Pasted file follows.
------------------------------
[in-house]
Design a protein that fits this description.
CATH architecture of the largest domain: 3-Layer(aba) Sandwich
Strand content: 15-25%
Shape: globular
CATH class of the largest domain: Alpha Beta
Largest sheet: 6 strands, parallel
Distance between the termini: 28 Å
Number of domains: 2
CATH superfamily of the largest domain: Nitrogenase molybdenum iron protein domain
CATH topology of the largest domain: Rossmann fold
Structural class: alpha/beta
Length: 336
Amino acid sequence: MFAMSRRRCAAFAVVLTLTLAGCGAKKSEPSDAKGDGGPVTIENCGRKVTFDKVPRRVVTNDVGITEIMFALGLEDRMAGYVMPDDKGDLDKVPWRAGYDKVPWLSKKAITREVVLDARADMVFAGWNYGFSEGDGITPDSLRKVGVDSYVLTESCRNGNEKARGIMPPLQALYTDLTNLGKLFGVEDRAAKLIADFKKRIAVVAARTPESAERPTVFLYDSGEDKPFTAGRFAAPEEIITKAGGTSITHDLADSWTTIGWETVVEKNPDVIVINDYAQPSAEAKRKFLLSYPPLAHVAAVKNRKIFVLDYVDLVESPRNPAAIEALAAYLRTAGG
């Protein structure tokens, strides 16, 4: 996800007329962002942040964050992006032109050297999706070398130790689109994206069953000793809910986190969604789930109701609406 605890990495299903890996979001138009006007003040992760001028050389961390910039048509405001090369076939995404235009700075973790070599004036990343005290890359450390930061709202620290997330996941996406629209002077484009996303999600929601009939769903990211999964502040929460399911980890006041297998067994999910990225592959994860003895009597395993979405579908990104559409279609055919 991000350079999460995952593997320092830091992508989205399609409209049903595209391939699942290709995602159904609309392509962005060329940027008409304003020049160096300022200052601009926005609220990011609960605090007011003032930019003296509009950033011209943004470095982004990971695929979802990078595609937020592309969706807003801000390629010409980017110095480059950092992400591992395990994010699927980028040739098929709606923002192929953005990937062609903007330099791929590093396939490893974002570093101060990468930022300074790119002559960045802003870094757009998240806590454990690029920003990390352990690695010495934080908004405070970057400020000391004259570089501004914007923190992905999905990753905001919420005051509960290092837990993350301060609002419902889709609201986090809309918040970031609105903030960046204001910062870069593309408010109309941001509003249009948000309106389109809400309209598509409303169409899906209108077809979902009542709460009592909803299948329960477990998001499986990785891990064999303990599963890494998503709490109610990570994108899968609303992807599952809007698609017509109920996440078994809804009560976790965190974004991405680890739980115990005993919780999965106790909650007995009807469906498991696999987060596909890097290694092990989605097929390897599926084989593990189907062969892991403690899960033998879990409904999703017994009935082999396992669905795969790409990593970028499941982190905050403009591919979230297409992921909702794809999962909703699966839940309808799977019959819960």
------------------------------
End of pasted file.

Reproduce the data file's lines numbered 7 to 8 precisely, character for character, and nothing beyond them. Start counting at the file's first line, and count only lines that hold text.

Largest sheet: 6 strands, parallel
Distance between the termini: 28 Å